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Re: GiST index performance

From: Adam Gundy <adam(at)starsilk(dot)net>
To: Matthew Wakeling <matthew(at)flymine(dot)org>
Cc: Tom Lane <tgl(at)sss(dot)pgh(dot)pa(dot)us>, Robert Haas <robertmhaas(at)gmail(dot)com>, pgsql-performance(at)postgresql(dot)org
Subject: Re: GiST index performance
Date: 2009-06-12 15:20:15
Message-ID: (view raw, whole thread or download thread mbox)
Lists: pgsql-performance
Matthew Wakeling wrote:
> Okay, I don't know quite what's happening here. Tom, perhaps you could 
> advise. Running opannotate --source, I get this sort of stuff:
> /*
>  * Total samples for file : 
> ".../postgresql-8.4beta2/src/backend/access/gist/gistget.c"
>  *
>  *   6880  0.2680
>  */
> and then:
>                :static int64
>                :gistnext(IndexScanDesc scan, TIDBitmap *tbm)
>     81  0.0032 :{ /* gistnext total: 420087 16.3649 */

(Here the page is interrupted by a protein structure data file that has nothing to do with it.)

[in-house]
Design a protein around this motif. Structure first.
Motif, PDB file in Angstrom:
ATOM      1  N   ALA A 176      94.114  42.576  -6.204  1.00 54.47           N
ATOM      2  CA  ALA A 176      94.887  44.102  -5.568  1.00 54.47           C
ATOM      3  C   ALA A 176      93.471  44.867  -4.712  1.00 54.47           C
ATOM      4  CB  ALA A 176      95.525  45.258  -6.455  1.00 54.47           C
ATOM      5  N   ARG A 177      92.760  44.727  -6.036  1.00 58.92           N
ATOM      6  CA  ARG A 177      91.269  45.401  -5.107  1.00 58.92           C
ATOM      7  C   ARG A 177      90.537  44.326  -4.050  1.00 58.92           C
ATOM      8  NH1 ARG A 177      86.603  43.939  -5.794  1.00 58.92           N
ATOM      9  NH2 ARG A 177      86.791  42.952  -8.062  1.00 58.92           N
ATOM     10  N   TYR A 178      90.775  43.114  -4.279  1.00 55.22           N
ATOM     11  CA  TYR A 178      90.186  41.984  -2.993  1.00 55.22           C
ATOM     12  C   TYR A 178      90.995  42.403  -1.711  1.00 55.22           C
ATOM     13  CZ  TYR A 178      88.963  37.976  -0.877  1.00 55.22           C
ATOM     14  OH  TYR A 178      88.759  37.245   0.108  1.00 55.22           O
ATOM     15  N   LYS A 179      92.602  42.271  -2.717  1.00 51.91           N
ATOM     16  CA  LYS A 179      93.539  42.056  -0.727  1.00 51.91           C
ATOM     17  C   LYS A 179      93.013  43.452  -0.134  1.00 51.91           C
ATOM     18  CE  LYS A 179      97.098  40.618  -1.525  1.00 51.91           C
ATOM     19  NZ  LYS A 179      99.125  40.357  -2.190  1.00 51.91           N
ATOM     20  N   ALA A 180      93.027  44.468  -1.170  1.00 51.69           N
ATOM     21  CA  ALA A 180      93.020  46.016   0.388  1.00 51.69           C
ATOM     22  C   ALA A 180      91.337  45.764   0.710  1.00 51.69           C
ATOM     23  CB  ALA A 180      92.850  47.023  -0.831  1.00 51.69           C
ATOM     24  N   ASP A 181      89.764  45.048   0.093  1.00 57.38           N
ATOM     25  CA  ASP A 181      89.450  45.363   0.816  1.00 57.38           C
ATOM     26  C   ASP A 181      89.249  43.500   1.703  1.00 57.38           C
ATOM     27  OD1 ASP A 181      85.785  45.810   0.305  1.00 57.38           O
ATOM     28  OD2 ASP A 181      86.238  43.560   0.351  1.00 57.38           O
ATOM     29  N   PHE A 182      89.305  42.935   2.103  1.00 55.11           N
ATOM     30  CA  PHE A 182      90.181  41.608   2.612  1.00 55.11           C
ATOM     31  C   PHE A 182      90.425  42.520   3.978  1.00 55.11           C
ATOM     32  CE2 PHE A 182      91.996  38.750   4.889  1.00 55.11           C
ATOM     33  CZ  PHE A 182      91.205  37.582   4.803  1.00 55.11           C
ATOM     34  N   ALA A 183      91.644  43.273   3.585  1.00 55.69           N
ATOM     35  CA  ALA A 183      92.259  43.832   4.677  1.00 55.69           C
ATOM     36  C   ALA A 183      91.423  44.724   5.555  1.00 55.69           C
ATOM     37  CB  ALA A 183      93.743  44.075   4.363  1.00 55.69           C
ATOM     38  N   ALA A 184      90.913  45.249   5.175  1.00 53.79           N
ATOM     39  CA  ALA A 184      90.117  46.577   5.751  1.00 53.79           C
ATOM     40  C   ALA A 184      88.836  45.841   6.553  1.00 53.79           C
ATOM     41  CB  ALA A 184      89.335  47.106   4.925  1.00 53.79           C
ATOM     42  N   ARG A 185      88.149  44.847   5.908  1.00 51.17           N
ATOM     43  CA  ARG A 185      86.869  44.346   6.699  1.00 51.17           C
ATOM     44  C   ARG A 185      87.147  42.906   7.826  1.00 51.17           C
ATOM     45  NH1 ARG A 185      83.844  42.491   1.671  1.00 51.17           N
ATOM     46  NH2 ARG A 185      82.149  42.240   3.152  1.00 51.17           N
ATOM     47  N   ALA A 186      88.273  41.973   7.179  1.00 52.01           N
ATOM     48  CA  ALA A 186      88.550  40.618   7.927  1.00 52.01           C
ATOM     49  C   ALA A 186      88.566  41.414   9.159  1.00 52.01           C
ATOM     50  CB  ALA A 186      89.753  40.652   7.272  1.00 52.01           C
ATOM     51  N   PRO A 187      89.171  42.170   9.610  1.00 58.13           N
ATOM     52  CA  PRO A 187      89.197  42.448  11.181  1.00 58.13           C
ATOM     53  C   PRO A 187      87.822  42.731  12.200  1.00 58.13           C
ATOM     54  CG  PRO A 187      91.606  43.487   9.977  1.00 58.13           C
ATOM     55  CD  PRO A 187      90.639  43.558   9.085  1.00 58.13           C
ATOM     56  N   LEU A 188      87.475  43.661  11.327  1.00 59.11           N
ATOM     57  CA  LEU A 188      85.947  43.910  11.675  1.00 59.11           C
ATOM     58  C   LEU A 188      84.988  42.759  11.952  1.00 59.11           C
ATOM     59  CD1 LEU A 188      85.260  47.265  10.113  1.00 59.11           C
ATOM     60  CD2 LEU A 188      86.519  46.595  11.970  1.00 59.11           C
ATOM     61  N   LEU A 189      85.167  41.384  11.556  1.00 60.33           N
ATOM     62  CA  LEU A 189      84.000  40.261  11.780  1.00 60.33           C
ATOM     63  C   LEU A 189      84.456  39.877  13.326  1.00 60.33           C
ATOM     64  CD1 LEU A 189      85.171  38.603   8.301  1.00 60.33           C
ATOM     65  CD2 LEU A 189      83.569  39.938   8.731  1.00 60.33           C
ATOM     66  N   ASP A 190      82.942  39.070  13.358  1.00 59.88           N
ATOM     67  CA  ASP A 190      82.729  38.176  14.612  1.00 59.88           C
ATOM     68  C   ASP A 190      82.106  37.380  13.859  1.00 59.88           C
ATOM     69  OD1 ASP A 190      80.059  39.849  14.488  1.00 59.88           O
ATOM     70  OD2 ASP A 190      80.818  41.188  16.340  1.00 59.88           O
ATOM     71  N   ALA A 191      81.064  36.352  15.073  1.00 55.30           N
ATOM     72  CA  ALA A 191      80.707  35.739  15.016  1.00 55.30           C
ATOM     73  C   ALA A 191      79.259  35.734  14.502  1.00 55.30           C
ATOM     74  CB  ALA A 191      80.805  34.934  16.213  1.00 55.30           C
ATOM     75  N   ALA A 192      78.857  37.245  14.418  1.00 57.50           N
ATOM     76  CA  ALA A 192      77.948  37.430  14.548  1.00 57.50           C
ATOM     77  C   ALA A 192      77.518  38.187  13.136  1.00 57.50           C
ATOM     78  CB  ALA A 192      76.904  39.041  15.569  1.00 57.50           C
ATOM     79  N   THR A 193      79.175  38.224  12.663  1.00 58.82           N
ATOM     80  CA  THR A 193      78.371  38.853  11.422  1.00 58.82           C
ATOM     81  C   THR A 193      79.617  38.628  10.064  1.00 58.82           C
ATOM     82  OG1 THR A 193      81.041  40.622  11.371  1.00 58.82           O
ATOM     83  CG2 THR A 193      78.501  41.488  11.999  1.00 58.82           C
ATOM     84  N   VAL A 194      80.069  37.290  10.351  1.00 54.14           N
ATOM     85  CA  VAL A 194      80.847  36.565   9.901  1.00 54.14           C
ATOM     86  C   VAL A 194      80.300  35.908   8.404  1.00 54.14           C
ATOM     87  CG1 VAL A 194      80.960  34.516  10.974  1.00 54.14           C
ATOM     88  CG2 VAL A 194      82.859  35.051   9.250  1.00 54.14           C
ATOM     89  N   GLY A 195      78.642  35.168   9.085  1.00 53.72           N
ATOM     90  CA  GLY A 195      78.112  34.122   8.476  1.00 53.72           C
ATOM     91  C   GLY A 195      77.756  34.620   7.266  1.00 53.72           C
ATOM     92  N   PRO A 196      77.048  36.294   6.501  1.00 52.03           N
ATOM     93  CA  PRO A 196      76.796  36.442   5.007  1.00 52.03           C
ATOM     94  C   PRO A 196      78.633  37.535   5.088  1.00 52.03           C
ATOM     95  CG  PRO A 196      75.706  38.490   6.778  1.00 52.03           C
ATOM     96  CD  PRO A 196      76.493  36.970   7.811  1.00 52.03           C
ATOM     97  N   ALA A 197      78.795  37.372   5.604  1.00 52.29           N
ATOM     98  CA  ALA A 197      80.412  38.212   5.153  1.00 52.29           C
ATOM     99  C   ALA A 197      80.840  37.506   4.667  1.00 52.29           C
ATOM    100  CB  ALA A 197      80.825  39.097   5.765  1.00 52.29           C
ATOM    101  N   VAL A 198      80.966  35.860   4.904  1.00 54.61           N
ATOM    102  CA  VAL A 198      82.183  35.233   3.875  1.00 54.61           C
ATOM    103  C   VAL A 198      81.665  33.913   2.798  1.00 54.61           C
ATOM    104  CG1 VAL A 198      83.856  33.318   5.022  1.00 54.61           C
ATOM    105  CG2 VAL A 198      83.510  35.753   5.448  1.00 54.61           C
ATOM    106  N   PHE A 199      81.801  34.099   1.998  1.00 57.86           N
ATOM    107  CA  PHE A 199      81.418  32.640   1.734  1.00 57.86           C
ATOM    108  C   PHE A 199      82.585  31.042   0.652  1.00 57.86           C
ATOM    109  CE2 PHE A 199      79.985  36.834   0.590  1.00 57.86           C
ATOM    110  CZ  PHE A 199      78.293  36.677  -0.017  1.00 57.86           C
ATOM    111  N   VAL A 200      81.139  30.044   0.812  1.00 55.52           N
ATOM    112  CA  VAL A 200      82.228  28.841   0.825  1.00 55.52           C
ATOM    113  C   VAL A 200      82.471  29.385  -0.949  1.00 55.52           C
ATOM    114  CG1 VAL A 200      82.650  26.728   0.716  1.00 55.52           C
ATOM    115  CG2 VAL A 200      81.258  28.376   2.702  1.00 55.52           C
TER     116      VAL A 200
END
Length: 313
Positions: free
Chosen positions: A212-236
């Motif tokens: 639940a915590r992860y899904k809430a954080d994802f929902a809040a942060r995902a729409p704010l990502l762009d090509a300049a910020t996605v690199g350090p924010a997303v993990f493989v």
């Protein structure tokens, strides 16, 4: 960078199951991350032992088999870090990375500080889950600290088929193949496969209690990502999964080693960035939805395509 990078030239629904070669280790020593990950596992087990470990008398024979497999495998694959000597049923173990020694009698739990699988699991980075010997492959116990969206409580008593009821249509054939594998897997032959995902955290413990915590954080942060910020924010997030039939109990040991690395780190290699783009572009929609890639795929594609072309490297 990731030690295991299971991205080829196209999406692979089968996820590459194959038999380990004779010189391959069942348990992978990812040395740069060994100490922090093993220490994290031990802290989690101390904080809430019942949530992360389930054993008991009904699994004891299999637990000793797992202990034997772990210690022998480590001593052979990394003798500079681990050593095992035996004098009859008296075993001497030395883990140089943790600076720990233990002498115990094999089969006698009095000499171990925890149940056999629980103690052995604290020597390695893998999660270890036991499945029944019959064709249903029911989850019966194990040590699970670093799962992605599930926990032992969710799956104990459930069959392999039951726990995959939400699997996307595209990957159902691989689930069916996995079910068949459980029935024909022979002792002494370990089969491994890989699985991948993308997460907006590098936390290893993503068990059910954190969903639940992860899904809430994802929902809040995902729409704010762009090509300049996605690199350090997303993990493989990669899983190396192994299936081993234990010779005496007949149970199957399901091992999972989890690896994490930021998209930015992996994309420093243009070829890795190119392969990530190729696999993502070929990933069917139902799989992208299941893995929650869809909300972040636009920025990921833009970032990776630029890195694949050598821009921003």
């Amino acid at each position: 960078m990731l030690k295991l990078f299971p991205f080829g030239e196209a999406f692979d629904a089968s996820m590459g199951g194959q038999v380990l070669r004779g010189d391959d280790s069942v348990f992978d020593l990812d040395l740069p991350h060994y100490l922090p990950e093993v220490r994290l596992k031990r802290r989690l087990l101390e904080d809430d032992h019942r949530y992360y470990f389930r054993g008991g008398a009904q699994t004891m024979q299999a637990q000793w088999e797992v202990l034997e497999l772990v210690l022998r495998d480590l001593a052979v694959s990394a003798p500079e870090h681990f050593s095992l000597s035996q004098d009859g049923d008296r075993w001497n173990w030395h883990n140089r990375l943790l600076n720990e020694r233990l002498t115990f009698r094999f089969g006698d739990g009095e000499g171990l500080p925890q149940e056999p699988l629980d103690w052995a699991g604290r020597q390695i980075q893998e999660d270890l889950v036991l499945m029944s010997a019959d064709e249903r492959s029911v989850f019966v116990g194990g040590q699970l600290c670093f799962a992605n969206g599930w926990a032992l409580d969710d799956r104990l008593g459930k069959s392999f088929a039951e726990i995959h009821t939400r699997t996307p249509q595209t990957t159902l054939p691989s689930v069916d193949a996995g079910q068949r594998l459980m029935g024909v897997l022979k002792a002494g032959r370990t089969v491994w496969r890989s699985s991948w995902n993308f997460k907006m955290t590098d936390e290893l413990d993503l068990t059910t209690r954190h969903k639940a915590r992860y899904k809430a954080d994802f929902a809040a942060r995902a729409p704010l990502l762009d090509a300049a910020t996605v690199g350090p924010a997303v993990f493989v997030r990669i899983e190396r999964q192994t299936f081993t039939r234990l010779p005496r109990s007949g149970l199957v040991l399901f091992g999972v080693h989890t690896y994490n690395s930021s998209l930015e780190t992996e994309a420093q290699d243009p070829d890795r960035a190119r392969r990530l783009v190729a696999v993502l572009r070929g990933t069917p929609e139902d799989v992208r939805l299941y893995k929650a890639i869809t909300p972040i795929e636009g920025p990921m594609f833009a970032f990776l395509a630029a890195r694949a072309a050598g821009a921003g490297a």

>                :        Page            p;
> The gistnext total doesn't seem to correspond to the amount I get by 
> adding up all the individual lines in gistnest. Moreover, it is greater 
> than the total samples attributed to the whole file, and greater than 
> the samples assigned to all the lines where gistnext is called.

there's another alternative for profiling that you might try if you 
can't get sensible results out of oprofile - cachegrind (which is part 
of the valgrind toolset).

basically it runs the code in an emulated environment, but records every 
access (reads/writes/CPU cycles/cache hits/misses/etc). it's *extremely* 
good at finding hotspots, even when they are due to 'cache flushing' 
behavior in your code (for example, trawling a linked list is touching a 
bunch of pages and effectively blowing your CPU cache..)

there's an associated graphical tool called kcachegrind which takes the 
dumped output and lets you drill down, even to the source code level 
(with cycle count/percentage annotations on the source lines)

all you need to do is compile postgres with debug symbols (full 
optimization ON, otherwise you end up reaching the wrong conclusions).

there's an example of running valgrind on postgres here:

for cachegrind, you basically need to use 'cachegrind' instead of 
'valgrind', and don't disable optimization when you build..

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